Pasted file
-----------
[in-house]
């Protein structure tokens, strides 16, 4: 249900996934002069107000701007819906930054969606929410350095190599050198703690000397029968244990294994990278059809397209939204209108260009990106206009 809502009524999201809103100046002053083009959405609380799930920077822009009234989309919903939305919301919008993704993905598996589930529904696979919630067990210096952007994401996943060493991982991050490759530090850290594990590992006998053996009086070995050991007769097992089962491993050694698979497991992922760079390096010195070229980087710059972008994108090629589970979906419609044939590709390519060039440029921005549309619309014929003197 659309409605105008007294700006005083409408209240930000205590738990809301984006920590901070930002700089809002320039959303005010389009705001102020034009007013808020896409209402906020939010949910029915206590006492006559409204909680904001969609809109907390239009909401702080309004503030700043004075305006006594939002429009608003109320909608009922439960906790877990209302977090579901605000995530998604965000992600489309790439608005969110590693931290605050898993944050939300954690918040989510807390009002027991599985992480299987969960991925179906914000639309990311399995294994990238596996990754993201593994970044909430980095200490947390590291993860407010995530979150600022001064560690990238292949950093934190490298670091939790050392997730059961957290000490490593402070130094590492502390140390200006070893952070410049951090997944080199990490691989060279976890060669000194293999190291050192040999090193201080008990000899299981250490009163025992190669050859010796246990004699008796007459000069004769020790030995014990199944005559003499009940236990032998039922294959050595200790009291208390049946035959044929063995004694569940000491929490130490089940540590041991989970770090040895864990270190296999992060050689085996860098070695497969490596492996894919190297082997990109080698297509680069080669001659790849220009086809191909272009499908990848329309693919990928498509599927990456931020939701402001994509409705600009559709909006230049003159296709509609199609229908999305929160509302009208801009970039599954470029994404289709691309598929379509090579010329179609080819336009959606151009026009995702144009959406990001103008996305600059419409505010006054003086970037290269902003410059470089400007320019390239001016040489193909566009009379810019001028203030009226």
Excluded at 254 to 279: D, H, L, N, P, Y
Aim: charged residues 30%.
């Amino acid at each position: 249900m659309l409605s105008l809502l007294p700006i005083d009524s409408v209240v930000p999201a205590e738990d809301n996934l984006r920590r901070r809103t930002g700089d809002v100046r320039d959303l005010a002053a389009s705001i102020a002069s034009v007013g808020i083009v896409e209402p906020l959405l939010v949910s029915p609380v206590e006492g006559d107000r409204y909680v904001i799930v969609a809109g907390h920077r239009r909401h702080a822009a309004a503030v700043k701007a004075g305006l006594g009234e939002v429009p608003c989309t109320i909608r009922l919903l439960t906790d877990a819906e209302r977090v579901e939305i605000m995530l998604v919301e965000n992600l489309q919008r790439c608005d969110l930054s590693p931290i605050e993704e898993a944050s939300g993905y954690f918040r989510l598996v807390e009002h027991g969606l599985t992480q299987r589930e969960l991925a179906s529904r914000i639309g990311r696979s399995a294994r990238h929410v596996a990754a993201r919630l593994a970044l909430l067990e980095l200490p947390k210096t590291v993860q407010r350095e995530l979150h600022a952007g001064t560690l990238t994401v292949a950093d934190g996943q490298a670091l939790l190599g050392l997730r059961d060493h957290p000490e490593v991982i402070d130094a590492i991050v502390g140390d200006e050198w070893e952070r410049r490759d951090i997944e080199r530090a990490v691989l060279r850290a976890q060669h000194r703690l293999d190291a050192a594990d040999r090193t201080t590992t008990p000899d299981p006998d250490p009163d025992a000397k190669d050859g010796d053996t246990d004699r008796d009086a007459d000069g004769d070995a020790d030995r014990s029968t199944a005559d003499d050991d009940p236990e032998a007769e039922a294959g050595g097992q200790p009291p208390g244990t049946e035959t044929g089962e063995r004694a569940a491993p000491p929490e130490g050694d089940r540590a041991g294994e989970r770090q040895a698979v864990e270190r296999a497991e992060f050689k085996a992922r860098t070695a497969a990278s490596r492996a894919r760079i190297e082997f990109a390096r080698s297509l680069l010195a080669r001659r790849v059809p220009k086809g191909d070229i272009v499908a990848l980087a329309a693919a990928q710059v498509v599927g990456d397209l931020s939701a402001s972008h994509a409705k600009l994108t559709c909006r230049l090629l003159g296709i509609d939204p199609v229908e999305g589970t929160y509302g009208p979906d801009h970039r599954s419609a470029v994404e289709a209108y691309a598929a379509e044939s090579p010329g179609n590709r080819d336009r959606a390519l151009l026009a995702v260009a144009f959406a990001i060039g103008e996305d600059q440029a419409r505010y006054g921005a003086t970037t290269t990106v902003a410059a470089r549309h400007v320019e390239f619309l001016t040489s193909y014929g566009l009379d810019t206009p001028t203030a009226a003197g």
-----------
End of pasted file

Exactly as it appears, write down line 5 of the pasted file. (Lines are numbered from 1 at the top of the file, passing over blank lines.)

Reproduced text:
């Amino acid at each position: 249900m659309l409605s105008l809502l007294p700006i005083d009524s409408v209240v930000p999201a205590e738990d809301n996934l984006r920590r901070r809103t930002g700089d809002v100046r320039d959303l005010a002053a389009s705001i102020a002069s034009v007013g808020i083009v896409e209402p906020l959405l939010v949910s029915p609380v206590e006492g006559d107000r409204y909680v904001i799930v969609a809109g907390h920077r239009r909401h702080a822009a309004a503030v700043k701007a004075g305006l006594g009234e939002v429009p608003c989309t109320i909608r009922l919903l439960t906790d877990a819906e209302r977090v579901e939305i605000m995530l998604v919301e965000n992600l489309q919008r790439c608005d969110l930054s590693p931290i605050e993704e898993a944050s939300g993905y954690f918040r989510l598996v807390e009002h027991g969606l599985t992480q299987r589930e969960l991925a179906s529904r914000i639309g990311r696979s399995a294994r990238h929410v596996a990754a993201r919630l593994a970044l909430l067990e980095l200490p947390k210096t590291v993860q407010r350095e995530l979150h600022a952007g001064t560690l990238t994401v292949a950093d934190g996943q490298a670091l939790l190599g050392l997730r059961d060493h957290p000490e490593v991982i402070d130094a590492i991050v502390g140390d200006e050198w070893e952070r410049r490759d951090i997944e080199r530090a990490v691989l060279r850290a976890q060669h000194r703690l293999d190291a050192a594990d040999r090193t201080t590992t008990p000899d299981p006998d250490p009163d025992a000397k190669d050859g010796d053996t246990d004699r008796d009086a007459d000069g004769d070995a020790d030995r014990s029968t199944a005559d003499d050991d009940p236990e032998a007769e039922a294959g050595g097992q200790p009291p208390g244990t049946e035959t044929g089962e063995r004694a569940a491993p000491p929490e130490g050694d089940r540590a041991g294994e989970r770090q040895a698979v864990e270190r296999a497991e992060f050689k085996a992922r860098t070695a497969a990278s490596r492996a894919r760079i190297e082997f990109a390096r080698s297509l680069l010195a080669r001659r790849v059809p220009k086809g191909d070229i272009v499908a990848l980087a329309a693919a990928q710059v498509v599927g990456d397209l931020s939701a402001s972008h994509a409705k600009l994108t559709c909006r230049l090629l003159g296709i509609d939204p199609v229908e999305g589970t929160y509302g009208p979906d801009h970039r599954s419609a470029v994404e289709a209108y691309a598929a379509e044939s090579p010329g179609n590709r080819d336009r959606a390519l151009l026009a995702v260009a144009f959406a990001i060039g103008e996305d600059q440029a419409r505010y006054g921005a003086t970037t290269t990106v902003a410059a470089r549309h400007v320019e390239f619309l001016t040489s193909y014929g566009l009379d810019t206009p001028t203030a009226a003197g």